Pandemic Journal (# 15): Declining U.S. Gross Domestic Product 

On April 29, the U.S. Commerce Department reported that the U.S. Gross Domestic Product (GDP) for the first quarter of the year declined at a 4.8% annual rate. “That is the first decline since 2014, and the worst quarterly contraction since the country was in a deep recession more than a decade    ago.” [1]

Moreover, “Economists widely expect the Commerce Department to revise the first quarter figure even lower as more data becomes available. Goldman Sachs says the true decline was likely over 8 percent. JPMorgan Chase says it was likely over 11 percent.”

Most of this quarter that ended on March 31 “came before the coronavirus pandemic forced widespread shutdowns and layoffs. Economists expect figures from the current quarter to show G.D.P. contracting at an annual rate of 30 percent or more.” As the Wall Street Journal stated, this number “indicated the economy is sliding toward a near-certain recession and signaled the end of the longest economic expansion on record.”

“Many economists [already] have said the pandemic has put the U.S. in a recession. The number of American workers filing new claims for jobless benefits in recent weeks, at more than 26 million, points to an unprecedented wave of layoffs, and readings on consumer and business activity are showing record declines.”

Conclusion

These numbers confirm what everyone in the U.S. (and the rest of the world) already knows. The pandemic has caused and will continue to cause enormous economic pain in the U.S. and around the world.

==============================

[1] The U.S. economy contracted by the most since the great recession,,N.Y. Times (April 29, 2020); Torry, U.S. Economy Shrank at 4.8% Pace in first Quarter, W.S.J. (April 29, 2020); Long, U.S. economy shrank 4.8 percent in first quarter, the biggest decline since the Great Recession, Wash. Post (April 29, 2020).

 

 

 

 

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As a retired lawyer and adjunct law professor, Duane W. Krohnke has developed strong interests in U.S. and international law, politics and history. He also is a Christian and an active member of Minneapolis’ Westminster Presbyterian Church. His blog draws from these and other interests. He delights in the writing freedom of blogging that does not follow a preordained logical structure. The ex post facto logical organization of the posts and comments is set forth in the continually being revised “List of Posts and Comments–Topical” in the Pages section on the right side of the blog.

One thought on “Pandemic Journal (# 15): Declining U.S. Gross Domestic Product ”

  1. Increasing U.S. Unemployment and Federal Reserve Actions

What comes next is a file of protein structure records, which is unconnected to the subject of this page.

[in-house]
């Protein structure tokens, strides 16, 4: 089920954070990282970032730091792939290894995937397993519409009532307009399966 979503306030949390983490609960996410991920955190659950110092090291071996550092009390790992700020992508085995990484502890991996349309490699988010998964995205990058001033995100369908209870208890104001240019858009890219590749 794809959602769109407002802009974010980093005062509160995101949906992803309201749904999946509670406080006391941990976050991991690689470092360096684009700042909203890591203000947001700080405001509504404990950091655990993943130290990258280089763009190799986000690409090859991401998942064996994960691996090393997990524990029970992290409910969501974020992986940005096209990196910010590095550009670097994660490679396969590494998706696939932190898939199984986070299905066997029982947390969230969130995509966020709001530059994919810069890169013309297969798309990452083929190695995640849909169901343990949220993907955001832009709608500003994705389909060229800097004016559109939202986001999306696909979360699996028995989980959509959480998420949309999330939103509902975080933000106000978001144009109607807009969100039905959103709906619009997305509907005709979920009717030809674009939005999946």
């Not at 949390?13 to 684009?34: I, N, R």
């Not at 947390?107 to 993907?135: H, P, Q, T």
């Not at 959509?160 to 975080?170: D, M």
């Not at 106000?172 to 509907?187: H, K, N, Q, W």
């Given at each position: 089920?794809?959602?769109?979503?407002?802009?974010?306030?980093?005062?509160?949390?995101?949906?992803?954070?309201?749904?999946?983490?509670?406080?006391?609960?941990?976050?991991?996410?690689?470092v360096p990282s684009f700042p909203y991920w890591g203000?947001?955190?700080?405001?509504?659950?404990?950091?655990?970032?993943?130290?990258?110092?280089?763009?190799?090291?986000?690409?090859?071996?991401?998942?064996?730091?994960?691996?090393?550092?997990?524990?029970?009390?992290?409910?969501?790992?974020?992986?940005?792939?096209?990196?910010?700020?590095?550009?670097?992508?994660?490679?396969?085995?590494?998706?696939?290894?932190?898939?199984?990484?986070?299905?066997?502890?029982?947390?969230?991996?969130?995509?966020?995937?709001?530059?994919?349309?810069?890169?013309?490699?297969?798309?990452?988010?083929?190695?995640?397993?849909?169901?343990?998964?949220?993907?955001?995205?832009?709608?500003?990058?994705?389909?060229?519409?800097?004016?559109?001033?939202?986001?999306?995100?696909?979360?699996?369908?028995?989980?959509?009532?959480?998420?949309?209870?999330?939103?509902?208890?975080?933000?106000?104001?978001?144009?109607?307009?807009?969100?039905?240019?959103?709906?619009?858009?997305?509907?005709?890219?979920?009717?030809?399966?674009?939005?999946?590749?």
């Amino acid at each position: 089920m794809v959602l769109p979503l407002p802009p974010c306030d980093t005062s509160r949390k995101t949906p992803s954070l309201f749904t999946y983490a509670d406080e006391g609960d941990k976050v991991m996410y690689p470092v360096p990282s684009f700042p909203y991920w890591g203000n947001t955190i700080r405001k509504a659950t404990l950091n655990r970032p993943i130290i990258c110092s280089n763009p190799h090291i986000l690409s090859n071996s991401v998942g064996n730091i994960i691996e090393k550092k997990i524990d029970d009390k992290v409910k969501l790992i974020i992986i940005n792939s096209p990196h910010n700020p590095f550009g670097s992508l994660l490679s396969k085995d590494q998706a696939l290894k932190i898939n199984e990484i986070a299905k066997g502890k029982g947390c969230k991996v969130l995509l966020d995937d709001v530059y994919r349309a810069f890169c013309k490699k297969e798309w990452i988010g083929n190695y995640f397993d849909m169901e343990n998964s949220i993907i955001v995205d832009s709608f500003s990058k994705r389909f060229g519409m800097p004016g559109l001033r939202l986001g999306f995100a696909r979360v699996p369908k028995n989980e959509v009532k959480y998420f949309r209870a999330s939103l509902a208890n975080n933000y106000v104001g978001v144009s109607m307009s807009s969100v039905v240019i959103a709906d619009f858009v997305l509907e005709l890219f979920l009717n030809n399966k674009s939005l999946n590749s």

On April 30, The U.S. Department of Labor announced that the prior week 3.8 million workers filed for unemployment benefits. That brought “the number of workers joining the official jobless ranks in the last six weeks to more than 30 million, and underscore just how dire economic conditions remain.”

    Moreover, “according to many economists, the job losses may be far worse than government figures indicate. A study by the Economic Policy Institute found that roughly 50 percent more people than counted as filing claims in a recent four-week period may have qualified for benefits but were stymied in applying or didn’t even try because they found the process too formidable.”

    The day before this announcement, the Chair of the Federal Reserve system, Jerome H. Powell, said that the increasing number of job losses was “heartbreaking.” He also said “second-quarter economic data would be ‘worse’ than anything previously seen, that it might take consumers time to feel comfortable spending again, and that companies and workers might need additional financial help.”

    Therefore, Chair Powell “promised that the Fed would push its powers to their limit to help the economy, keeping rates low and funneling credit into crucial markets. But he also made it clear that elected policymakers must do their part to keep households and businesses from falling too far behind. They “should focus their efforts on protecting workers, businesses and households from ‘avoidable insolvency.’ Those policies, he added, ‘will come with a hefty price tag, but we would come out of this eventually with a stronger economy.’”

    Other Fed officials “pledged to keep rates near rock bottom for the foreseeable future and to use their “full range of tools” to help the economy to climb back.”

    …………………………………………………..

    Chaney & King, Over 3.8 Million Americans Filed for Jobless Benefits Last Week as States Struggle With Coronavirus Claims Surge, W.S.J. (April 30, 2020), https://www.wsj.com/articles/states-struggle-with-coronavirus-unemployment-claims-surge-11588239004?mod=article_inline&mod=hp_lead_pos1

    Another 3.8 million file unemployment claims, overwhelming the states, N,Y. Times (April 30, 2020), https://www.nytimes.com/2020/04/30/business/stock-market-today-coronavirus.html?campaign_id=60&emc=edit_na_20200430&instance_id=0&nl=breaking-news&ref=headline&regi_id=26959897&segment_id=26290&user_id=cfad11b2e9610243d4c0a257cec3a98d

    Timiraos, Fed’s Powell Says More Spending Will Be Needed From Congress, W.S.J. (April 29, 2020), https://www.wsj.com/articles/federal-reserve-interest-rates-decision-april-2020-11588111763

    Smialek, Fed Suggests Tough Road Ahead as It Pledges to Help Insulate Economy, N.Y. Times (April 29, 2020(, https://www.nytimes.com/2020/04/29/business/economy/fed-coronavirus-interest-rates.html

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